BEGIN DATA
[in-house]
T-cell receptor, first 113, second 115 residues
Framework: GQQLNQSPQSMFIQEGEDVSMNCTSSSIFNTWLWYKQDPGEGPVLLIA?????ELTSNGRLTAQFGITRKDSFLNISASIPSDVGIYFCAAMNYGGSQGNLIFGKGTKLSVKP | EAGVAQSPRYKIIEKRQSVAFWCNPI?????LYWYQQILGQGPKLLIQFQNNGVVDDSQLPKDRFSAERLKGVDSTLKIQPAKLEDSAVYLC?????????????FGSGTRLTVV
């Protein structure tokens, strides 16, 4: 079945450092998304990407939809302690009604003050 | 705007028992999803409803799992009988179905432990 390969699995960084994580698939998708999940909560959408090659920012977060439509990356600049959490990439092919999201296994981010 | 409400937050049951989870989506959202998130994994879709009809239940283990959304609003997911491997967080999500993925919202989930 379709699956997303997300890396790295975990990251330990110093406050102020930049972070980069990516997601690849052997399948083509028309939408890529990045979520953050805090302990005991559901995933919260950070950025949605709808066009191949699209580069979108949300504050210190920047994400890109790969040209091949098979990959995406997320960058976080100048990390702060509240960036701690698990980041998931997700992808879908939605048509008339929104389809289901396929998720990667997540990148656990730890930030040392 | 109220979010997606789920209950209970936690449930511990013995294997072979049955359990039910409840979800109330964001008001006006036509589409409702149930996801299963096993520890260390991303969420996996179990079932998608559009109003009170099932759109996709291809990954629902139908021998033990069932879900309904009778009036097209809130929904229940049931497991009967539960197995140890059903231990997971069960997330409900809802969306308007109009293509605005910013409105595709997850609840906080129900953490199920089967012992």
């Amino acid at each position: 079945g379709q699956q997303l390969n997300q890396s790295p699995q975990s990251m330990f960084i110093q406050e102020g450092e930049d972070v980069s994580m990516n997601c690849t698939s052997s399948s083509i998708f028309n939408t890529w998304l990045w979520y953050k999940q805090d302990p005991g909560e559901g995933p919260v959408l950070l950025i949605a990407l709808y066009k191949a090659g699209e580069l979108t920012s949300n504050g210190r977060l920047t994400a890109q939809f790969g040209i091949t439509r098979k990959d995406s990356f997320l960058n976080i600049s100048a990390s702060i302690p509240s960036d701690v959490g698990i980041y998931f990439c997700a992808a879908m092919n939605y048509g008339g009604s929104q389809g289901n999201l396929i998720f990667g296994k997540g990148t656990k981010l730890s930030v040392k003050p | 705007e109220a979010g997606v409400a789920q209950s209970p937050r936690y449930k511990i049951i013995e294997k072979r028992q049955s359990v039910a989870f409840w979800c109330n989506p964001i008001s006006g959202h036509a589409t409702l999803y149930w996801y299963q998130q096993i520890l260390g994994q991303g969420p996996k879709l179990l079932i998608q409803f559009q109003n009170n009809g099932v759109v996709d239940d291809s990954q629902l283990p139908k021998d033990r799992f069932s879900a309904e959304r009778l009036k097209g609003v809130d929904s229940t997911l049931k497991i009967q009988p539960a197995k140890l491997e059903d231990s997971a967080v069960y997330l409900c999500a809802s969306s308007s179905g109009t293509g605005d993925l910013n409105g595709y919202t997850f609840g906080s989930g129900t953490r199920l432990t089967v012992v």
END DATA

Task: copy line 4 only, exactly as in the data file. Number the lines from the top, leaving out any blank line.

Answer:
């Protein structure tokens, strides 16, 4: 079945450092998304990407939809302690009604003050 | 705007028992999803409803799992009988179905432990 390969699995960084994580698939998708999940909560959408090659920012977060439509990356600049959490990439092919999201296994981010 | 409400937050049951989870989506959202998130994994879709009809239940283990959304609003997911491997967080999500993925919202989930 379709699956997303997300890396790295975990990251330990110093406050102020930049972070980069990516997601690849052997399948083509028309939408890529990045979520953050805090302990005991559901995933919260950070950025949605709808066009191949699209580069979108949300504050210190920047994400890109790969040209091949098979990959995406997320960058976080100048990390702060509240960036701690698990980041998931997700992808879908939605048509008339929104389809289901396929998720990667997540990148656990730890930030040392 | 109220979010997606789920209950209970936690449930511990013995294997072979049955359990039910409840979800109330964001008001006006036509589409409702149930996801299963096993520890260390991303969420996996179990079932998608559009109003009170099932759109996709291809990954629902139908021998033990069932879900309904009778009036097209809130929904229940049931497991009967539960197995140890059903231990997971069960997330409900809802969306308007109009293509605005910013409105595709997850609840906080129900953490199920089967012992």